This year’s forum is being held amid unprecedented political and economic challenges of a strategic nature. We hope that the outcomes of the forum will contribute to finding effective solutions to these challenges in a way that mitigates the impact of the global economic crisis and its negative repercussions on many countries in the world, especially the economies of emerging countries, takes the concerns and interests of all parties into account, and achieves the security and tranquility of peoples.
This would be achieved through long-term political understandings that open the way for the growth of the global economy, especially in the wake of the severe coronavirus pandemic, which has cost our societies many victims and considerable money and resources, thus making us keen to avoid any slowdown in the global economy.
Ladies and gentlemen,
Let me use this opportunity to reiterate that the Arab Republic of Egypt values its firm, historic friendship relations with the Russian Federation, and values the tangible progress the two countries’ relations have been witnessing over the past years in a multitude of vital sectors, for the two countries’ economies and the prosperity of the two peoples.
The Arab Republic of Egypt and the Russian Federation have been engaged over the past years in the implementation of mega and ambitious projects that serve our countries and respond to the aspirations of our peoples to realise more economic progress.
The most prominent of these are: the project for the establishment of the Dabaa nuclear power plant, which comes within the context of the Egyptian State’s strategy to expand national projects for the use of new and renewable sources of energy.
Another project is the establishment of the Russian Industrial Zone in the Economic Zone of the Suez Canal, which is meant to become an important platform for industry in Africa.
This is in addition to cooperation between the two countries to upgrade the Egyptian railway network and other joint ventures that realise the benefit of the two peoples.
Ladies and gentlemen,
You must be aware that the exceptional events that have been taking place in the Arab Republic of Egypt over the past decade had their immense impact on the overall economic situation in the country. The Egyptian people stood up to surmount this crisis by supporting a clear vision, based on investing in the Egyptian citizen and developing his capabilities.
Therefore, Egypt Vision 2030 was launched to reflect the state’s long-term strategic plan to achieve the principles and goals of sustainable development, with its economic, social and environmental dimensions.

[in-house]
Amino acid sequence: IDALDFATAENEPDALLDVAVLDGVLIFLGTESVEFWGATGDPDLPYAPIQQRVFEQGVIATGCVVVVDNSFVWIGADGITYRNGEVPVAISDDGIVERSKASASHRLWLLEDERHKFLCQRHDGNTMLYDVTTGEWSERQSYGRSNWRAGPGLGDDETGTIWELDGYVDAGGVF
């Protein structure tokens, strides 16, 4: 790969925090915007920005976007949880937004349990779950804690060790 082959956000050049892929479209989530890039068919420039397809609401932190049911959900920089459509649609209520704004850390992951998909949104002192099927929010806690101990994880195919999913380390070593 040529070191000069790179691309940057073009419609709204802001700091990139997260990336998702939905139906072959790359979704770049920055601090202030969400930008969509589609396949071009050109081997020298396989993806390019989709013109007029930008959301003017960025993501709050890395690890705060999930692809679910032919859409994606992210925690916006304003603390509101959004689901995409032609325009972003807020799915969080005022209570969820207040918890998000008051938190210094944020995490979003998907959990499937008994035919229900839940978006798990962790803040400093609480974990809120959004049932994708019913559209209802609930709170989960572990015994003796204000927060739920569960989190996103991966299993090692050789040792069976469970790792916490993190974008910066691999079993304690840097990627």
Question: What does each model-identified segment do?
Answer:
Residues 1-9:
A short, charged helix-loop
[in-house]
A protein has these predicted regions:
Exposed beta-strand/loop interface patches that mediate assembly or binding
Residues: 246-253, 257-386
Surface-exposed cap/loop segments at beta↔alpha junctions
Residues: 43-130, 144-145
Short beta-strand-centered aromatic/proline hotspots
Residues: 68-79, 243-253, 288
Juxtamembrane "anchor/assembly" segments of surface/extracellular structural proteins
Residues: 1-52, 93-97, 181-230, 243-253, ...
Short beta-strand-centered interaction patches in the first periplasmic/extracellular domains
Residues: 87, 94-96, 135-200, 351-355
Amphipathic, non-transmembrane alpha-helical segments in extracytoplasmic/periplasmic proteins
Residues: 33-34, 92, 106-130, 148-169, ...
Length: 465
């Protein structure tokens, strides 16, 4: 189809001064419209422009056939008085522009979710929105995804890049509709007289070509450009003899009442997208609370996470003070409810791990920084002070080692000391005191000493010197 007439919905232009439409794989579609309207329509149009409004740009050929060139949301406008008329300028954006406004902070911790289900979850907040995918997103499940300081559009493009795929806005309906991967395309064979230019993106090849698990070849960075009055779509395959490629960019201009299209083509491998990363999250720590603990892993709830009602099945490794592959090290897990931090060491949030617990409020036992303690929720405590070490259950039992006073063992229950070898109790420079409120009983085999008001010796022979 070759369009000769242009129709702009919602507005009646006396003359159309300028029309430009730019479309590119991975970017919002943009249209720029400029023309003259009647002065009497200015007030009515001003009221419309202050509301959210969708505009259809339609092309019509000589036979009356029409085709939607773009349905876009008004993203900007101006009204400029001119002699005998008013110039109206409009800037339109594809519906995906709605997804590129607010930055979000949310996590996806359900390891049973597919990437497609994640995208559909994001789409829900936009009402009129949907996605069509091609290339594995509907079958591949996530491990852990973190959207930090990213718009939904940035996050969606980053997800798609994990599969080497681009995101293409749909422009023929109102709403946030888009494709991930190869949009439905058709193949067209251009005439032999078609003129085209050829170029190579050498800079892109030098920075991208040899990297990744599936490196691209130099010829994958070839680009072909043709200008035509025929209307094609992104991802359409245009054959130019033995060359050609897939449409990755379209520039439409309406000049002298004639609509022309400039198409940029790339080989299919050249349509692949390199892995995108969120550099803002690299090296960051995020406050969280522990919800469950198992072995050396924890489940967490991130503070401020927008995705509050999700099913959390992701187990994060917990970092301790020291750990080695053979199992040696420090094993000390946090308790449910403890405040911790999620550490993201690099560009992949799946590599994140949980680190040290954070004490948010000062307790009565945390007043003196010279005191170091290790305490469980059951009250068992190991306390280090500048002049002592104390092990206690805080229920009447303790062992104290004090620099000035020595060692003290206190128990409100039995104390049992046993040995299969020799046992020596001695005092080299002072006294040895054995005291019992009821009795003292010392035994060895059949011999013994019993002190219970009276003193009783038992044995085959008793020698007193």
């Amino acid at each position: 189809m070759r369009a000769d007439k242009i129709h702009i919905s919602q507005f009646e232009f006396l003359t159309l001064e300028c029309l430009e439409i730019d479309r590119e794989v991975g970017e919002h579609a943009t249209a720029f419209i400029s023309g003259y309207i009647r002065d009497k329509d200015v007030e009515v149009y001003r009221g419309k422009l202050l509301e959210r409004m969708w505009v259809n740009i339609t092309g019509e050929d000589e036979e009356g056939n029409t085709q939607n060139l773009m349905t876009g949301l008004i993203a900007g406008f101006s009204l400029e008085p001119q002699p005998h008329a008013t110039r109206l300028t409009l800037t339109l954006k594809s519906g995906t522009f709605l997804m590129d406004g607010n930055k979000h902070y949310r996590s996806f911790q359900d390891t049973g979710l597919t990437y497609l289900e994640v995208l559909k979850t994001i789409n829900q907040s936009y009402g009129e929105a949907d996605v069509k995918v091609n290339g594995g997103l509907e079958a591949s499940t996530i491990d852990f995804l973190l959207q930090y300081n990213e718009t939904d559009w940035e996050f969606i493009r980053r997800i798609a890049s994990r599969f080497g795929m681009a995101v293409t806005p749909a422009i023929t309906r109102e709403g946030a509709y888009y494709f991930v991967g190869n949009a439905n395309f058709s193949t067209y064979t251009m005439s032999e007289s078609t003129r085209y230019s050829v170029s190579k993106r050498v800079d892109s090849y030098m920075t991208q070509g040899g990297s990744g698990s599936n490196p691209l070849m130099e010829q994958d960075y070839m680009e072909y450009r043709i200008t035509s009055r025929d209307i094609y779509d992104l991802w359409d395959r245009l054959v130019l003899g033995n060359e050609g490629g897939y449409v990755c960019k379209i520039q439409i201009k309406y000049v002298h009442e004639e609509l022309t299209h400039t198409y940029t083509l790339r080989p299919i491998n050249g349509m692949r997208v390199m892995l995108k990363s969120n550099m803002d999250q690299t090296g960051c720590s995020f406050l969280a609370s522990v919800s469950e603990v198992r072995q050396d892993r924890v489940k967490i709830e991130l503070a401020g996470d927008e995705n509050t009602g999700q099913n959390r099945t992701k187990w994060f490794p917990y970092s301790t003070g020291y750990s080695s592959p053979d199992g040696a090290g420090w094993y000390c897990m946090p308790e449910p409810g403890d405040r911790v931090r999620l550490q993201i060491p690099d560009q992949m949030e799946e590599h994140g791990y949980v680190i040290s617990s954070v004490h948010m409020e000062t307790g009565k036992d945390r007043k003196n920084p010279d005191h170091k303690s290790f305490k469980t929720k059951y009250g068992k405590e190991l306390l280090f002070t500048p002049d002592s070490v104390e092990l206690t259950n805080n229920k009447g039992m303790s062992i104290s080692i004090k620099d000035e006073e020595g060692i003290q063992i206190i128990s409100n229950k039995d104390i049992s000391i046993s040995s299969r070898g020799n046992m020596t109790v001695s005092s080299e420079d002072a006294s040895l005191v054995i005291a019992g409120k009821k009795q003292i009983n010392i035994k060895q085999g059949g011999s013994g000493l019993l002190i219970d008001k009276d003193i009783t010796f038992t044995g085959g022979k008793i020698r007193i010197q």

Based on this vision, the Government of Egypt has modernised its legislative structure to enable Egypt to attract more foreign investment. This qualified Egypt to become the top destination for attracting foreign investments in Africa and one of the few countries in the world capable of achieving a growth rate of up to 3.3 percent in 2021, despite the negative challenges posed by the spread of COVID-19 and their impact on the global economy. We expect the Egyptian economy to grow by 5.5% during the current fiscal year. The country’s non-petroleum exports also increased during 2021 to reach $32 billion.
Egypt has also succeeded, within the framework of its strategy to increase its capabilities, to implement mega agricultural projects that are aimed at increasing agricultural land by almost 2 million feddans.
This is in addition to the mega projects Egypt is implementing in the fields of transport, by expanding thousands of kilometers of roads and upgrading Egypt’s transport system by introducing new projects. Those include the high-speed rail that will constitute a means to link the Red Sea and the Mediterranean Sea, thus boosting and facilitating international trade.
Adding to this are the mega industrial projects and the numerous projects in the field of clean energy production, which have been established in Egypt at a rapid pace over the past period.
Despite the previously-mentioned national efforts, Egypt’s actions and efforts to achieve progress were hit recently by economic crises caused by the COVID-19 pandemic. The world was partially recovering from its effects and repercussions, when it was hit again by a great economic crisis that cast a shadow over growth rates and negatively affected states’ budgets, reflecting on the rise of fuel prices and the decline in the value of the national currencies in the face of hard currencies. This is in addition to the disruption in supply chains, the emergence of the food crisis, as well as the irregular movement of civil aviation. This sector is connected with vital fields of the Egyptian economy, primarily tourism and insurance.
Addressing this crisis, which has an international character, requires international efforts and collaboration among all parties in order to get matters back to their normal state, particularly the movement of maritime traffic and the regularity of supply chains, particularly foodstuff, such as grain and vegetable oil.
This also requires working toward restoring calm and stability at the international level, in order to mitigate the impact of this economic crisis on the peoples, who seek peace and development.
I also call on all companies participating in this forum and others to take advantage of this huge opportunity that is provided by investing in Egypt in all fields.
I would not miss, before concluding my speech, thanking the people of Saint Petersburg, this brave city throughout history, which at the same time represents an icon for culture and openness on the outside world.